Tuesday, 2 January 2018

Look Before You Leap: How Can You Make Sure That An Employee Is Fit For Work?

Employers have the right to check that employees are fit to perform their roles; in fact, it is a crucial part of an employer meeting its safety obligations. Despite this, many employers don’t feel comfortable making these inquiries. How can you ensure your employees are fit for work?

Unfortunately, even if an employer is unaware that an employee has a condition or attribute that could form the basis of unlawful discrimination, they can still be found guilty of discrimination.

Requiring thorough pre-employment disclosures and ensuring comprehensive follow-ups are essential in ensuring employees can safely perform their work, as well as reducing risks of unlawful discrimination.

When Disclosures Are Not Enough

In a recent case, an employee failed to disclose that he suffered from type-2 diabetes in his pre-employment disclosure, as he didn’t think it would be relevant to the role.

The employee subsequently made a claim against the employer for discrimination. He claimed that he had been subjected to unreasonable working conditions, which made his medical condition unstable.

The Victorian Civil and Administrative Tribunal (VCAT) found that the employer had indirectly discriminated against the employee on the basis of his diabetes. This was found despite the employee never informing his employer of the condition.

If the employer was never aware of the employee’s illness, what were they meant to do?

Simply put, the employer should have followed up. The employee had left the section about pre-existing medical conditions on his medical disclosure form blank. VCAT found that the employer should have viewed the blank section as a red flag, and taken the initiative to confirm with the employee that there was nothing to disclose. In failing to do so, the employer imposed an unreasonable requirement on the employee to work significant overtime, which resulted in a detriment to him given his medical condition.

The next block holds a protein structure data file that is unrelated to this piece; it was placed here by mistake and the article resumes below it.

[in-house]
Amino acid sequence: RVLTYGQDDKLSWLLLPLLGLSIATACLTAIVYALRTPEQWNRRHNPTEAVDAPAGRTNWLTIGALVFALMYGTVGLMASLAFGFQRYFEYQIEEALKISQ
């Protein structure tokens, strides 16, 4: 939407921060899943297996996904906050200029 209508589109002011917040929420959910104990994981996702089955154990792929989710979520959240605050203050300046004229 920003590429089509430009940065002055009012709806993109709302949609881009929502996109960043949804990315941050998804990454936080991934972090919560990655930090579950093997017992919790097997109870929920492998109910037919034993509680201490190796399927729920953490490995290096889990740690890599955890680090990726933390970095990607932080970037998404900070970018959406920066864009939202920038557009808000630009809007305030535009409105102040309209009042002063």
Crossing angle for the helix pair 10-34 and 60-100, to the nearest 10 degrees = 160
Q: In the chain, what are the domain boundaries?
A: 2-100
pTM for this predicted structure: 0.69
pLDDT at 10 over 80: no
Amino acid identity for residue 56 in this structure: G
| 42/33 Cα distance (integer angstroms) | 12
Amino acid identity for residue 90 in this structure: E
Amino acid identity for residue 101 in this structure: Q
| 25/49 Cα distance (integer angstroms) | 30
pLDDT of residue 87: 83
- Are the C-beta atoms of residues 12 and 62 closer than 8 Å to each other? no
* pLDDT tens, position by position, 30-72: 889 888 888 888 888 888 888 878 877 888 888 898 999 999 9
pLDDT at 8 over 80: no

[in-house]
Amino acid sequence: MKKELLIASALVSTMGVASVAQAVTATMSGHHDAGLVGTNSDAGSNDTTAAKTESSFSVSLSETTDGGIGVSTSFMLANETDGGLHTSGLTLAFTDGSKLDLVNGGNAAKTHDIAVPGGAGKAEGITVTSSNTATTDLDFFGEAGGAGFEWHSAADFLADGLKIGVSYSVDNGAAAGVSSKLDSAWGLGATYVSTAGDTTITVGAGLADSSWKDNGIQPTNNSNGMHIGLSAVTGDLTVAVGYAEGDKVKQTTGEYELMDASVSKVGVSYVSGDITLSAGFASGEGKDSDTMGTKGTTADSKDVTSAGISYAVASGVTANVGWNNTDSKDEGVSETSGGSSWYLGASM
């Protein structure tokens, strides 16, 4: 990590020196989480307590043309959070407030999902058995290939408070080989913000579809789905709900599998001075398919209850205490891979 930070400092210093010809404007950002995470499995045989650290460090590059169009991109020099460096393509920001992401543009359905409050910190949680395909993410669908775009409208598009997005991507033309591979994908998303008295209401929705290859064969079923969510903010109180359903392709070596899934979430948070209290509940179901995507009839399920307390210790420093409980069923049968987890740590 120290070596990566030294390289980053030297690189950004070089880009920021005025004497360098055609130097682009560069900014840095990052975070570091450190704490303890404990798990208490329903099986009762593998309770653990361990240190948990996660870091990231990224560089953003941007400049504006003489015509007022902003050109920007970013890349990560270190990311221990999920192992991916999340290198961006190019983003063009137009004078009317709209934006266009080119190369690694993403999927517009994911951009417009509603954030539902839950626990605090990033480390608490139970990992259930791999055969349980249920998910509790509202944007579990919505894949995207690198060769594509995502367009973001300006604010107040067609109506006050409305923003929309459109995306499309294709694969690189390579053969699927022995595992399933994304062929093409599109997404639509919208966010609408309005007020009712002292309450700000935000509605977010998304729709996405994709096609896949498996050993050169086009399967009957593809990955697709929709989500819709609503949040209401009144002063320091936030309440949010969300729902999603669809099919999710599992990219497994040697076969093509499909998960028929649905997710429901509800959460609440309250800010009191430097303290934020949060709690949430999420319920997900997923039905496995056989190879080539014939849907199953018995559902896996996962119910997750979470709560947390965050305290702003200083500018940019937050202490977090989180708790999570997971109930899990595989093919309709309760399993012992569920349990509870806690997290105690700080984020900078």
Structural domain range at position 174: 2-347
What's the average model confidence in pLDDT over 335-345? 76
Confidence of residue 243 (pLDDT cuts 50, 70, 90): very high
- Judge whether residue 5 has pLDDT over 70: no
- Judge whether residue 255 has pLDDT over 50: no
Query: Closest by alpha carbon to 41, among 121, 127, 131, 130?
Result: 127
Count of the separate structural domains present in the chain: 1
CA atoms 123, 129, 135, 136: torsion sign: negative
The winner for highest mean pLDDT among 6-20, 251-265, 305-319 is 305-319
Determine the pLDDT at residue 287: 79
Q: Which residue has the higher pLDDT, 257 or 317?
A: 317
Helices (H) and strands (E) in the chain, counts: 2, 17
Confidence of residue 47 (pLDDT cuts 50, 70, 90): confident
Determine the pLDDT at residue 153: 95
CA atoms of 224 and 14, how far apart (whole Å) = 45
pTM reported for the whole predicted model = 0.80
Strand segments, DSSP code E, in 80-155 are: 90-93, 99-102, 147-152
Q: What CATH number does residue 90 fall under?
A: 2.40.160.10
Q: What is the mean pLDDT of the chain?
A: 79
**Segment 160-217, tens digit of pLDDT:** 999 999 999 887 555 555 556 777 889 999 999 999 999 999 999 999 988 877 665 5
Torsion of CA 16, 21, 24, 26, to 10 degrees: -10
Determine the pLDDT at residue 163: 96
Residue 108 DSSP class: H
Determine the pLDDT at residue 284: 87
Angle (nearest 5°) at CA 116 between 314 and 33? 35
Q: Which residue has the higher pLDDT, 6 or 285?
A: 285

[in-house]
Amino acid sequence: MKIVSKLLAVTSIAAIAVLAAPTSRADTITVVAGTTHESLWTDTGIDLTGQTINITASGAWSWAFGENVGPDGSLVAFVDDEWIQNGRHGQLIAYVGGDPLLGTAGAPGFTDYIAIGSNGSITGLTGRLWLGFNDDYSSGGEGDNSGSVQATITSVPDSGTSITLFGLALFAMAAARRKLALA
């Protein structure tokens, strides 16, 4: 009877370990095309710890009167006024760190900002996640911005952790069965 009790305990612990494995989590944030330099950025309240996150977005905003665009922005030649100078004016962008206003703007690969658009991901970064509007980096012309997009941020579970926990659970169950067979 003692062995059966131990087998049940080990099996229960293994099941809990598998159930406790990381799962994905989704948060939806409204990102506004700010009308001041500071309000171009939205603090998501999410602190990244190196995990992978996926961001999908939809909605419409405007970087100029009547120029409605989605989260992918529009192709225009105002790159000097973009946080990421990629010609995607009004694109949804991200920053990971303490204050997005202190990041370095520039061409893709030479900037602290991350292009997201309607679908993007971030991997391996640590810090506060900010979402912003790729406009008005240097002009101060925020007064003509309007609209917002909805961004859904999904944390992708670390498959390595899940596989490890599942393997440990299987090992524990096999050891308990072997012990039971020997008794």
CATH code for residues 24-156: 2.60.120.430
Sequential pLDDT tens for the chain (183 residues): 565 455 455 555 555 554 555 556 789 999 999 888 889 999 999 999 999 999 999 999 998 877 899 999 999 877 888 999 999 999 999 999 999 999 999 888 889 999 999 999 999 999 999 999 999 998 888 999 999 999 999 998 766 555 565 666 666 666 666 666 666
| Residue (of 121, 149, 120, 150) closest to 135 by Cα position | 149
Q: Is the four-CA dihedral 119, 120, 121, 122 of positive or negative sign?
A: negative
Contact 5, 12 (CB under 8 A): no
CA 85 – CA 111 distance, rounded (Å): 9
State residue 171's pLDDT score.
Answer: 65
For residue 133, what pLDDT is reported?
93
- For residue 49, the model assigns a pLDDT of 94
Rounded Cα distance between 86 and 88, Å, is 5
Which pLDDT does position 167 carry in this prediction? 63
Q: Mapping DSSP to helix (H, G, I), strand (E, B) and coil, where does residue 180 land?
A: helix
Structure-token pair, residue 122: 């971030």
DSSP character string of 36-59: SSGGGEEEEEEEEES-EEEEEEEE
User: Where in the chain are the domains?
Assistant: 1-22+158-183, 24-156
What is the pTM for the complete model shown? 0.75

Fitness for Work

It is ultimately an employer’s overarching obligation to ensure employees are fit for work, both from the outset of employment and on an ongoing basis.

In undertaking pre-employment assessments, an employer will have intimate knowledge of the specific demands of a role. Therefore, the employer needs to arm employees with this information in order for the employee to make informed disclosures. This will assist employers to ascertain whether an employee can perform the role safely, or whether reasonable adjustments need to be made to enable the employee to perform the inherent requirements of their role.

Further, during the employment relationship employers should not be afraid to have employees attend assessments of their fitness for work by independent medical practitioners, where there is a reasonable suspicion that the employee is no longer fit for work but hasn’t told anyone.

Ensuring An Employee Is Fit For Work

To ensure employees are fit for work, employers should:

  • Review any pre-employment disclosure forms, and provide applicants with information regarding the inherent requirements of their role to encourage informed disclosures;
  • Ensure safety policies include fitness for work procedures which enable employees to be assessed during employment;
  • Train management staff to appropriately address concerns regarding employee fitness for work;
  • Order fitness for work assessments where there is reason to believe that an employee may not be fit to continue working; and
  • Ensure employees understand their own safety obligations to report any restrictions on their ability to perform their role safely, including where working conditions change.

Employees don’t always disclose relevant health information, even when asked.

Ultimately, an employer cannot abdicate responsibility for an employee’s fitness for work. Employers must ensure that they monitor the health of employees on an ongoing basis. Having robust fitness for work procedures will assist in ensuring employees are safe at work and that the employer is not at risk of discrimination and workers’ compensation claims.

 

Case Study: Ferris v Department of Justice and Regulation (Human Rights) [2017] VCAT 1771 

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This article was produced by HR Legal. It is intended to provide general information only in summary format on legal issues. It does not constitute legal advice, and should not be relied on as such.


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